Wherever there is sin, there is disorder, chaos, and slavery. Sin binds us in the patterns of action and habits of thought that isolate us; that disrupt and sever the bonds of charity with our families and friends, and that disrupt and sever the bond of love that unites us to the Lord.
Sin has consequences, in this world, and in the next. Sin can separate us from God eternally. But it can also effect real consequences in this life. When Adam and Eve sinned in the Garden of Eden, they lost paradise, and were consigned to a life of toil and pain. Our own sins also bring temporal punishments—consequences of hardship that stem from our bad choices.
To spend eternity with God, we must be transformed, from sinners to saints. We must be forgiven of the guilt of our sins, and we must be set free from the effects of sin—our attachments, preferences, and evil inclinations, as well as from the temporal punishment due to sin. This transformation begins now, here on earth, and, if not completed, will continue in purgatory.
God’s mercy sets us free from sin. Christ’s passion, death, and resurrection merits eternal life for us: new life dispensed in the grace of baptism, Holy Communion, and confession. Christ transforms us, during our lives, in holiness. And if we have died in union with God, but not yet totally sanctified, Christ transforms us in purgatory, cleansing us from the temporal effects of our sin, to prepare us for eternal holiness.
But the Lord wishes us to set us free from the temporal consequences of our sin even in this life. And among the ways God sets us free, through his Church, is through the grace of an indulgence.
An indulgence, the Catechism says, “is a remission before God of the temporal punishment due to sins whose guilt has already been forgiven, which the faithful Christian who is duly disposed gains under certain prescribed conditions through the action of the Church which, as the minister of redemption, dispenses and applies with authority the treasury of the satisfactions of Christ and the saints.”
Throughout the history of the Church, indulgences have been made available to Catholics who undertake pilgrimages, periods of prayer, or acts of penance. Indulgences are offered, as a special grace, with the condition that Catholics confess their sins, receive the Eucharist, offer prayer for the mission of the Church, and renounce their attachments to sin.
During the Year of Mercy, the Holy Father has asked that indulgences be made available to those Catholics who make pilgrimages of prayer, and who journey through the Jubilee Year’s Holy Doors—the doors of mercy, present at the cathedral doors of every diocese.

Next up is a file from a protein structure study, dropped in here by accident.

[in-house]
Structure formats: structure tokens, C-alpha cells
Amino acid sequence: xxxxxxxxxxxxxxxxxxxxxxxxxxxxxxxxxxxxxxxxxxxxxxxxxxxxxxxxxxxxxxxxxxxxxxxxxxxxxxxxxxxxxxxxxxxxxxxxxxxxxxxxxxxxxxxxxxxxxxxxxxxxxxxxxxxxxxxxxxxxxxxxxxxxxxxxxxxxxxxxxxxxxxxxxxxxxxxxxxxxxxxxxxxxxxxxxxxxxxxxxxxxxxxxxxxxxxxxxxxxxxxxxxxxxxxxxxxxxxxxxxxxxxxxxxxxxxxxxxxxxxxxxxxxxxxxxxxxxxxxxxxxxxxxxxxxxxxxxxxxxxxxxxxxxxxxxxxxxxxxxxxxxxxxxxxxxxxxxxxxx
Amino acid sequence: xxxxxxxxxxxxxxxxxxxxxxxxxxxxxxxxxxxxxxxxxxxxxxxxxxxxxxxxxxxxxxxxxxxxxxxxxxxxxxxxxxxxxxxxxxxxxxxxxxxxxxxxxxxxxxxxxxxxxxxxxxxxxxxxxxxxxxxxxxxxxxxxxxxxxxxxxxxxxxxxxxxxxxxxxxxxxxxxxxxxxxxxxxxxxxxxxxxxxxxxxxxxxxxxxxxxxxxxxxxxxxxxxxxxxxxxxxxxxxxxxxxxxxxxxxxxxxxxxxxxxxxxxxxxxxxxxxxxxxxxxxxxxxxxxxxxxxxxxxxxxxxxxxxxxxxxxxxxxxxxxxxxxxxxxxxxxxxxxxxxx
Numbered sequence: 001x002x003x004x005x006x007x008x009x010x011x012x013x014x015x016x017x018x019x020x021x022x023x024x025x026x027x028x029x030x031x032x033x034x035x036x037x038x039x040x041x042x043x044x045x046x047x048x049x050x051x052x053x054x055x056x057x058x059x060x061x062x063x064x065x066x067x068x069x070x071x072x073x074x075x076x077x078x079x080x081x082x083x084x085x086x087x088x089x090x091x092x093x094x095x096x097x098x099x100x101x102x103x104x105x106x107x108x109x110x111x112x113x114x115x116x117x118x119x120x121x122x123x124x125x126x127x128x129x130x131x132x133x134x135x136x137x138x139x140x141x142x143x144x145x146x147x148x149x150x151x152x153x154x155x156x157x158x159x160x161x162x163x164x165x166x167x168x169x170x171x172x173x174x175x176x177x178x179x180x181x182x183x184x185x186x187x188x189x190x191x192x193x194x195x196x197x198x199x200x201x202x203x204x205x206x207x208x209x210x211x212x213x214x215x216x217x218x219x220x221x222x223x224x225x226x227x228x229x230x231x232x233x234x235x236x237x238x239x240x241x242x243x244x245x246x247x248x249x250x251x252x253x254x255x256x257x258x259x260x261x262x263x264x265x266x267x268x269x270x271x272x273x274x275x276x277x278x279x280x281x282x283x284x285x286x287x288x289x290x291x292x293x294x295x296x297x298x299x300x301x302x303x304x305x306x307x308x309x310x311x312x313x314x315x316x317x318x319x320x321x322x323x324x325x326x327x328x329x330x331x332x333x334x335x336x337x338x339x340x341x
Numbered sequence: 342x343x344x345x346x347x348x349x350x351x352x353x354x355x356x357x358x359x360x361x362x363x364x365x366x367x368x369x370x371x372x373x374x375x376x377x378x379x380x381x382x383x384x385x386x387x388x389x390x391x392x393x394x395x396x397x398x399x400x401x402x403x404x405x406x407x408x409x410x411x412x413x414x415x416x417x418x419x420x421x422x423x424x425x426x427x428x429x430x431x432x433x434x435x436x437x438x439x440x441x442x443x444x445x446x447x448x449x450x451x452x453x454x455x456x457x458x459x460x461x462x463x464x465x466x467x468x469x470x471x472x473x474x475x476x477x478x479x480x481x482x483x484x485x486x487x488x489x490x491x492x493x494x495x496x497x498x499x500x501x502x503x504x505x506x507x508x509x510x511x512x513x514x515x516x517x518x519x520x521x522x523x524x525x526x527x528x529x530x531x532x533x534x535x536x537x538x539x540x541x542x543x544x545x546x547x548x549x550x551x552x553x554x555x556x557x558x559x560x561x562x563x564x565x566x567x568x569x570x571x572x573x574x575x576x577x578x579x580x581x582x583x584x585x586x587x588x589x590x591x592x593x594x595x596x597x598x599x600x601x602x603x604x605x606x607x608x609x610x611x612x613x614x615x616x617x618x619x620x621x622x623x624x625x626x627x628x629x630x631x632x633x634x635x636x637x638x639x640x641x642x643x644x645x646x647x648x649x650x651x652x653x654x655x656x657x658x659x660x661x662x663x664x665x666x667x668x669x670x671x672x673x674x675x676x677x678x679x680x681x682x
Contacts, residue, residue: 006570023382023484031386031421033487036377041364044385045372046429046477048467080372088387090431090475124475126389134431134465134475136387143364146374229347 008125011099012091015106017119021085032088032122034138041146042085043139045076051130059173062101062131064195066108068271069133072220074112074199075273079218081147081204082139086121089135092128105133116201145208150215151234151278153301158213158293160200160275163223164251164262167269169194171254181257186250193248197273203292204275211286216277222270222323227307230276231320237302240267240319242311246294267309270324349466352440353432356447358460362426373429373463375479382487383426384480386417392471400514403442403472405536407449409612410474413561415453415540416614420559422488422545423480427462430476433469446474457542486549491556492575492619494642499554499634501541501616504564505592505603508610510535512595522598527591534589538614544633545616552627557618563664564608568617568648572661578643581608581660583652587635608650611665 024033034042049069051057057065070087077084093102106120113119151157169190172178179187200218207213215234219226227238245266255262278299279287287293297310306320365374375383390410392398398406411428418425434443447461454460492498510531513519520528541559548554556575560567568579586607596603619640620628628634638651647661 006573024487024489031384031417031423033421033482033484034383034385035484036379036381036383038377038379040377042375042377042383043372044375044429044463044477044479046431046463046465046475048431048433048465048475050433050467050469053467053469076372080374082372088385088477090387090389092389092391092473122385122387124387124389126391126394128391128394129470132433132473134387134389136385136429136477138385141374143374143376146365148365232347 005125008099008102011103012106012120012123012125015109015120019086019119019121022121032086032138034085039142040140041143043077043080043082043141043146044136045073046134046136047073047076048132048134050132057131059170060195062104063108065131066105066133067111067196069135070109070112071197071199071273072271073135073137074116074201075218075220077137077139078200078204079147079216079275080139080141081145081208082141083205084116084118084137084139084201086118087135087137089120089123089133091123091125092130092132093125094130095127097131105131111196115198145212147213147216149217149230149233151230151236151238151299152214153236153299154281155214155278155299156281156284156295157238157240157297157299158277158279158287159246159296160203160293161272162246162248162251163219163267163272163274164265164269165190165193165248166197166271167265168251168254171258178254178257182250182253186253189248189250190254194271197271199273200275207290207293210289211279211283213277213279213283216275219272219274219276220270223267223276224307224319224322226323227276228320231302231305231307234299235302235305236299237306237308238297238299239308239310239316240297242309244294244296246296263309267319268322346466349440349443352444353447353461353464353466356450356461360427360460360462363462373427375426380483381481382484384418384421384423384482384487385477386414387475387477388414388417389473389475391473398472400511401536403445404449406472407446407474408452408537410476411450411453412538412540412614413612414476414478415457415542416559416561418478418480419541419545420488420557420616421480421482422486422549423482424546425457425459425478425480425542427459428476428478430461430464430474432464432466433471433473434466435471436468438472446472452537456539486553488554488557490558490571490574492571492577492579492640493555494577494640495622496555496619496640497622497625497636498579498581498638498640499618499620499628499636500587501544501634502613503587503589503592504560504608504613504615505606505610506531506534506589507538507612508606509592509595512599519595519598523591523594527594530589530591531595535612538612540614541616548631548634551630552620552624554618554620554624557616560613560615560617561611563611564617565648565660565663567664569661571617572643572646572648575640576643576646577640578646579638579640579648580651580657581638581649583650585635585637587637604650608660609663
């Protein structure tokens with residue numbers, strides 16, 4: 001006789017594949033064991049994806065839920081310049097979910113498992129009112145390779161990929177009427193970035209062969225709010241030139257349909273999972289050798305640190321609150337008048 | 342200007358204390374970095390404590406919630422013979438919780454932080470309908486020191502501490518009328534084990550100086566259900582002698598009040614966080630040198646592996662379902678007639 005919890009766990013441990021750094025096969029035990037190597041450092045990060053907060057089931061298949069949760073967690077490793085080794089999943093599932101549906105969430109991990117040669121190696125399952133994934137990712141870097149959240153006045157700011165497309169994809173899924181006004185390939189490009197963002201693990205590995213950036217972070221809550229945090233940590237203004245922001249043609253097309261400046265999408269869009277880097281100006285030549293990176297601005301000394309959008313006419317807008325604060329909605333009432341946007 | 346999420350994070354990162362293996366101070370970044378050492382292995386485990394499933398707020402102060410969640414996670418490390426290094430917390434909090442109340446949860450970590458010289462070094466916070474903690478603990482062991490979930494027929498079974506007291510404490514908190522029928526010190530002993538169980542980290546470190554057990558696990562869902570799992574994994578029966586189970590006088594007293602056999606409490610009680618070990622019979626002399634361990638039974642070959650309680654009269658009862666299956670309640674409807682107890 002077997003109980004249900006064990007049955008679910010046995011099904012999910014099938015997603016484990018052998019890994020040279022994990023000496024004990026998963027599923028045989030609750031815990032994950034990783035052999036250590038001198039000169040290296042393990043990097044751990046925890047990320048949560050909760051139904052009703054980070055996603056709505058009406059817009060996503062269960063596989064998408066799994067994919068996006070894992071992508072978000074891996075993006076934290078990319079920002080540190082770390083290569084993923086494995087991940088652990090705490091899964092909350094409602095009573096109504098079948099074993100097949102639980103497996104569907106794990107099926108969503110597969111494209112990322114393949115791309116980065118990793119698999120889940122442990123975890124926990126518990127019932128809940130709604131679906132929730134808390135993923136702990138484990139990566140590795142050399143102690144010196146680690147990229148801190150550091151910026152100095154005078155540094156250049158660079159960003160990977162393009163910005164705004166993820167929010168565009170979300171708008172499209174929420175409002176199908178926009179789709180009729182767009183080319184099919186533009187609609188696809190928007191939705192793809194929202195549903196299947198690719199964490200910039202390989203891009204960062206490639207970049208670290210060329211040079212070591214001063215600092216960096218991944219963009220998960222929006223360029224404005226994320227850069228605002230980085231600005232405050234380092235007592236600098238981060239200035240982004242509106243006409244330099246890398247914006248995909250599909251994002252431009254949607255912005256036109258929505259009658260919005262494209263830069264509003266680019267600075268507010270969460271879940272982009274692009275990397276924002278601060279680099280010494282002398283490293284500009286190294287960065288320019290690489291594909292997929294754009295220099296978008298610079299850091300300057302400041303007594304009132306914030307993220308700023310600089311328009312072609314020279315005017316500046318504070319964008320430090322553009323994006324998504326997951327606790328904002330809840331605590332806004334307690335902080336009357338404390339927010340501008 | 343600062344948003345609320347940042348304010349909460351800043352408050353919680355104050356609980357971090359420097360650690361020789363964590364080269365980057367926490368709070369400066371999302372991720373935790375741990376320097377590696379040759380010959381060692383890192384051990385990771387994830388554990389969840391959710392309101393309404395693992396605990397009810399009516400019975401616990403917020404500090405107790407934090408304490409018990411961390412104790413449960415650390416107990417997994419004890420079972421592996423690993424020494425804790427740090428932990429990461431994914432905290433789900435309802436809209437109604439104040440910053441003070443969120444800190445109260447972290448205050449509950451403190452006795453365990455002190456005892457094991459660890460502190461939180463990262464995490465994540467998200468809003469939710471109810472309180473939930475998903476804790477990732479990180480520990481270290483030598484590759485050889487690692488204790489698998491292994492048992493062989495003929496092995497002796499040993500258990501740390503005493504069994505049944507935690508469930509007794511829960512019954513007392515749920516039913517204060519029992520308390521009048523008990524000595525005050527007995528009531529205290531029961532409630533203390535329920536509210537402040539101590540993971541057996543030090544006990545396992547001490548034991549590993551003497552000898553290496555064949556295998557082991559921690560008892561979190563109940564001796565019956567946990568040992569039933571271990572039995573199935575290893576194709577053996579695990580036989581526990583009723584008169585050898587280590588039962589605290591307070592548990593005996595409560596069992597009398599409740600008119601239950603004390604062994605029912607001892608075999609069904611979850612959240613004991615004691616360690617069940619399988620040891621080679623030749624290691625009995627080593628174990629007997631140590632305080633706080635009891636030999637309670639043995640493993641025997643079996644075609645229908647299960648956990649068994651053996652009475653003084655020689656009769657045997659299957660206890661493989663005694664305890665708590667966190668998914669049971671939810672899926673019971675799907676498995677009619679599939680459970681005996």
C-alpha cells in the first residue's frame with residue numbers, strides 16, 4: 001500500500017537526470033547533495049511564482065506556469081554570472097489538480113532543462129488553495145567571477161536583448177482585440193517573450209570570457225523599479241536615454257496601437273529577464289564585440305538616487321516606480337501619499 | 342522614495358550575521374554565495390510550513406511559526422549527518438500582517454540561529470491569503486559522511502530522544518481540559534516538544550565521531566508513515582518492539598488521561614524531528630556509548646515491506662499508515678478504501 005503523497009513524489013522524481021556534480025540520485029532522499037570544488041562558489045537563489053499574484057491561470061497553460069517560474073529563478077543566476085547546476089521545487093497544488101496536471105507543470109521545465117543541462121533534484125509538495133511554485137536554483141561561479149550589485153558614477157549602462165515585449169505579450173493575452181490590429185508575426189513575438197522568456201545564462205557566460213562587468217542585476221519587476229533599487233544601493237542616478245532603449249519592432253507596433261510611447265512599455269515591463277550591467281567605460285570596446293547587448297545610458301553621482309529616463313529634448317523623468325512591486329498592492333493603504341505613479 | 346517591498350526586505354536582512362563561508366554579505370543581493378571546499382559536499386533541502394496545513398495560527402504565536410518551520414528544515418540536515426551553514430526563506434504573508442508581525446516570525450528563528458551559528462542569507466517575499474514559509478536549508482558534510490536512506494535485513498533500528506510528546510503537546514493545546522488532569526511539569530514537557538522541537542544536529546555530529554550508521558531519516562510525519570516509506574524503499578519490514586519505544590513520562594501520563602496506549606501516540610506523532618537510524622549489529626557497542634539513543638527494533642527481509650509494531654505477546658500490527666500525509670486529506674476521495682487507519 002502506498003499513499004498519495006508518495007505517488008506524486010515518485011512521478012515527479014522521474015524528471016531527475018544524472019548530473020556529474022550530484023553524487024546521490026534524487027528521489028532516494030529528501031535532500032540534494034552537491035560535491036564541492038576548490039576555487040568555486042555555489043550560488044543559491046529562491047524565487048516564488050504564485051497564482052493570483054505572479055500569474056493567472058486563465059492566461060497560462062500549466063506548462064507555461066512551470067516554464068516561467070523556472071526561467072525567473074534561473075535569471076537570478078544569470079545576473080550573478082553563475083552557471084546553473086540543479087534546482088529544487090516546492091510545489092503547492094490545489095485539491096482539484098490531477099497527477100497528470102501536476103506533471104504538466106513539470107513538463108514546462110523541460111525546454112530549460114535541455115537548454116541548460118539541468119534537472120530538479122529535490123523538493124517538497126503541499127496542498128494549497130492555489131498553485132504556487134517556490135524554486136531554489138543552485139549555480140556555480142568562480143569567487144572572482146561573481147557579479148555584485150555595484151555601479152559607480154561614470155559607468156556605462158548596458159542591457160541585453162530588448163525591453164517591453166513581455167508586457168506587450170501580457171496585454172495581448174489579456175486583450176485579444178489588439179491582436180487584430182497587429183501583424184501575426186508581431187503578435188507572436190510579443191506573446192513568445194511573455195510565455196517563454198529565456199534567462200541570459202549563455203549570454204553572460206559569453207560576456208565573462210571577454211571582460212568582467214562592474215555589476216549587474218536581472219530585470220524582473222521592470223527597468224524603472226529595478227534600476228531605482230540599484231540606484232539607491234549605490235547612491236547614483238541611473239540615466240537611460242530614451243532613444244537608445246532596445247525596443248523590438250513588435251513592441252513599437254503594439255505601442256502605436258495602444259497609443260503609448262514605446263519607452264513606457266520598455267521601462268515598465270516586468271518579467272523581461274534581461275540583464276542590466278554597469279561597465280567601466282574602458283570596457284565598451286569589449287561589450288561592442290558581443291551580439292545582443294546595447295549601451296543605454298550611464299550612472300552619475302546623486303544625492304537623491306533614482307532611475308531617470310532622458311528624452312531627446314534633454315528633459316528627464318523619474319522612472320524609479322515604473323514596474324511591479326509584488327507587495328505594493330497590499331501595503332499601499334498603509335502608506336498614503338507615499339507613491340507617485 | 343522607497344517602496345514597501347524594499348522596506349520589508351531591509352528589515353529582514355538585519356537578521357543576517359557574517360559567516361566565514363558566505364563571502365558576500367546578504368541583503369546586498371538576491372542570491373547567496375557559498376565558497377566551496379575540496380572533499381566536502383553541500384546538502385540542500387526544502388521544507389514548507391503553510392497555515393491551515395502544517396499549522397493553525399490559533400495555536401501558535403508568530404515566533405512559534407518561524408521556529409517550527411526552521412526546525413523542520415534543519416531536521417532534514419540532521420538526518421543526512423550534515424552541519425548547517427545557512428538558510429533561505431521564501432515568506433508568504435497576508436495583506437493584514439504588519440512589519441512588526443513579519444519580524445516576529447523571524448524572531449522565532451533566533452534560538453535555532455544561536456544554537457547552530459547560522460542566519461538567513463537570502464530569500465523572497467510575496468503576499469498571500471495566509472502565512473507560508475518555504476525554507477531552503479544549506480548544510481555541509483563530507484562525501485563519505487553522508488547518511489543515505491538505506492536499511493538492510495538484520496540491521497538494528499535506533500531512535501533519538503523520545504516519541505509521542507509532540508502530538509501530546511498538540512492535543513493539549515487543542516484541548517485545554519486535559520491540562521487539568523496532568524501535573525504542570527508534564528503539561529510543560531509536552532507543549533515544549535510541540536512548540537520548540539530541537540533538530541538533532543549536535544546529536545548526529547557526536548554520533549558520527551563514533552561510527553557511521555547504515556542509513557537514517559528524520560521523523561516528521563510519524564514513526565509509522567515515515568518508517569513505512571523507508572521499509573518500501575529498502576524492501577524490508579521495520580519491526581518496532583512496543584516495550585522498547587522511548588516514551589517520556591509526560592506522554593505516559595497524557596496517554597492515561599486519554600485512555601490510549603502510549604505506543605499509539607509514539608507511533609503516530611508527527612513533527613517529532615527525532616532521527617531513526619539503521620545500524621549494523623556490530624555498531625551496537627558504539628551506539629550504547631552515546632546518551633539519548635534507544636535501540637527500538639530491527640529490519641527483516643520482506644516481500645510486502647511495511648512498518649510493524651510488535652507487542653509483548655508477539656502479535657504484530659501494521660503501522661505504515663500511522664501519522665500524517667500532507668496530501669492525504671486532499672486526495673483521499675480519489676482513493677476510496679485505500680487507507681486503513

On Sunday, Dec. 13, I opened the Jubilee Doors of Mercy in the Cathedral of the Risen Christ. The holy doors will remain open for the Year of Mercy, which concludes with the Solemnity of Christ the King Nov. 20, 2016. These doors symbolize the open door of mercy the Lord extends to each one of us—the doors of mercy that free us from our sins, and lead us to eternal life.
Pilgrims who pass through the holy doors, in humility, and asking for God’s mercy, can receive an indulgence—the mercy of freedom from the temporal consequences of our sin. Each one of us invited to enter the Holy Doors of mercy as a pilgrim, grateful for the mercy of God.
Holy Doors—and the grace of indulgences—are meant to strengthen us, to call us to seek God’s mercy, and to remind us that God desires to free us from all sin. Indulgences remind us that when we repent of our sins, and turn our lives to Jesus Christ, we will become merciful—in freedom from sin, we enter the mystery of love- the mystery of the Most Holy Trinity.
Last week, Pope Francis prayed, “in passing through the holy door, then, may we feel that we ourselves are part of this mystery of love.”
In the mystery of his love, God, through his Church, invites us to the mystery of forgiveness, and the mystery of freedom. May we seek freedom from the eternal and temporal consequences of sin. May we enter the holy doors as pilgrims, as we seek the gift of God’s mercy.
Editor's Note: Read more about the holy doors at the Cathedral here.